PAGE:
As night falls, glittering lights of colonial buildings and churches illuminate Cuzco (also known as Cusco) in a golden shade. What used to be an important headquarter for the Spanish conquistadores during the colonization days, is now an enchanting city littered with cobblestoned paths, fountains and ancient churches. The heart of Cuzco lies in Plaza de Armas, where a multi-hued park is surrounded by the Grand Cathedral, the Palacio de Ayuntamiento and several touristic bars.
By day, the old city center is beaming with tourists and activities. Cuzco is flanked by gigantic mountains, so standing right in the middle of the city gives the feeling of being protected by the Gods of the mountain. Evidently the view of the mountains around you is one in a million.
Situated at 3,395 meters, Cuzco is definitely one of the highest cities in South America. Besides the thin air and ultra-sunny weather, you might not feel the effects of its high altitude. For those who would like to take preventive measures against altitude sickness, Coco tea is available at every other restaurant.
Bars and restaurants on the second floor of buildings overlooking Plaza de Armas, offer an unobstructed view of the square and white houses perched on the mountain slopes. Cafe Trotamundos is my personal favourite - check out their chocolate brownie!
San Blas – Bohemia District
Climb the steep cobblestoned pathways to the city’s rooftop where hippies, street performers and a bohemian atmosphere surround you. It’s a charming and quiet little district where travelers and Peruvians alike enjoy hanging around for a slow and tranquil breathe of fresh air. From the Plazoleta de San Blas, a view of the old city center and mountain range greets you warmly.
Along the narrow streets of San Blas, the white-washed walls and blue windows seemingly resemble architecture in the Mediterranean. That sunny and bohemian feel almost made me wonder if I was in Santorini, Greece.
The bohemian people of Cuzco love to sit out in the cafes, under the sun, sipping Pisco Sour especially on a Sunday afternoon. I particularly enjoyed watching people pass by, travelers’ look of amazement and hippies strutting their stuff on the streets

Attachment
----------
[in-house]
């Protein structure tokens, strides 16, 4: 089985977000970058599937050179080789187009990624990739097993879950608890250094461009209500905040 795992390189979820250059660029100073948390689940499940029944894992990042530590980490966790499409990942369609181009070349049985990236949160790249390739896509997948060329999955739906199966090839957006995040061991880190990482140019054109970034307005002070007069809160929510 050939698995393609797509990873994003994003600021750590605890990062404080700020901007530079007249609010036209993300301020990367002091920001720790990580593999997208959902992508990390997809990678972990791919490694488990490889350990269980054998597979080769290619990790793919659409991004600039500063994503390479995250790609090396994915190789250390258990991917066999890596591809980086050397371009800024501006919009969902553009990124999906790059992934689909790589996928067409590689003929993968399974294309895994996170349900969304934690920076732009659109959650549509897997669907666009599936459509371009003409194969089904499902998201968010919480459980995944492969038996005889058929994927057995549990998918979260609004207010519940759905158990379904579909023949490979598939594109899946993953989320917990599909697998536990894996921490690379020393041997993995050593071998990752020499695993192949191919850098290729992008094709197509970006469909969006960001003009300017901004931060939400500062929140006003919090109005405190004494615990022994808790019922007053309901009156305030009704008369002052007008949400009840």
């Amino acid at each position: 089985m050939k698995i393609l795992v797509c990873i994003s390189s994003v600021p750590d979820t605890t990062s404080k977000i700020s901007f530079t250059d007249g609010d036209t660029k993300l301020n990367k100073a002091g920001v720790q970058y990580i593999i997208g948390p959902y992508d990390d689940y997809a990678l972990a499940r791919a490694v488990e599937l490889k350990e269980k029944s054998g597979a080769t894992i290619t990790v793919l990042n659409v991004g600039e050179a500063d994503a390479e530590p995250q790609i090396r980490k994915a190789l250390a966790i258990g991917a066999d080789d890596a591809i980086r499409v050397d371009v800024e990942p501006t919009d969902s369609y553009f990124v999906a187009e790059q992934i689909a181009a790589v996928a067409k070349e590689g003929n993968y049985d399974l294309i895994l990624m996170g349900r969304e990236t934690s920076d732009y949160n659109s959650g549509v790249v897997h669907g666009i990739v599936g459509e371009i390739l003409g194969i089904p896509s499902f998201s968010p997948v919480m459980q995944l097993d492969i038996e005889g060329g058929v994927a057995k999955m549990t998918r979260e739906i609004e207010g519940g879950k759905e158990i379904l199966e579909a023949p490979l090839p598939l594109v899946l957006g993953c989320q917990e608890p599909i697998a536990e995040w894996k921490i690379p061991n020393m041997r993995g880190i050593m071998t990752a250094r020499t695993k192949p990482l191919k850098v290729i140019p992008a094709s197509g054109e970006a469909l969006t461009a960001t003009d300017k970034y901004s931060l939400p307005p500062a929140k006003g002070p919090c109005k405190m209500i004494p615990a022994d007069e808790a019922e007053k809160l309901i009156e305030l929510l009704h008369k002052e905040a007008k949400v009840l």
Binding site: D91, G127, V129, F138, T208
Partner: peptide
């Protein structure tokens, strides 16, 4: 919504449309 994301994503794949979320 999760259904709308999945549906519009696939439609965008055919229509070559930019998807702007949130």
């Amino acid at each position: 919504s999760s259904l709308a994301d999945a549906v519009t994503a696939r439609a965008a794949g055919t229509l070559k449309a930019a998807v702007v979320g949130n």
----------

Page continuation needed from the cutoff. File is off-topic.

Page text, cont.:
Take the historic route starting from the Cathedral towards the Museo Inka and upwards on to San Blas.
The People of Cusco
The native Quechuas of Peru adorn stunningly beautiful costumes, made of thick wool (for the extreme mountain weather) and intricate patterns. Worn for thousands of years since the Inca civilization, it still remains unchanged especially in the Andean mountain villages.
On the streets of Cusco, old ladies set up artesania stalls where handmade mats, belts and accessories are on sale. At Museo Inka, highly skilled natives demonstrate the traditional weaving process that has been used to produce mats since centuries ago.
Food in Cusco
Peruvian food is well-known for its sassy, fresh and varied taste. Cusco has such a huge range of local culinary delights on offer – from simple and economical street food to classy high-end restaurant.
Pinchos (meat skewers) are found along the alleyways of Cusco, especially along the southern end of Avenida del Sol. Thick and tender slices of meat along with a small potato are put on the grill, and then spiced up with savory brown sauce for a touch of perfection.
Ceviche (fish salad) plays an important role in the gastronomic world of South America, especially so in Peru since many claim it to be the best here. Raw fish fresh from the sea is mixed with onions, lettuce and most importantly lime juice to create an extraordinary concoction.
Llama or alpaca steak is sizzling and tender unlike the usual beef steak. El Emperador Restaurant overlooking Plaza de Armas has the best alpaca steak in town!
Pisco is a truly authentic Peruvian liquor, that’s original and alarmingly tasty. Tasting similar to a tequila, it can definitely kick some ass. The most popular concoction is the Pisco Sour, tasting a little like margarita but stronger and feistier. It’s a must-try in Peru!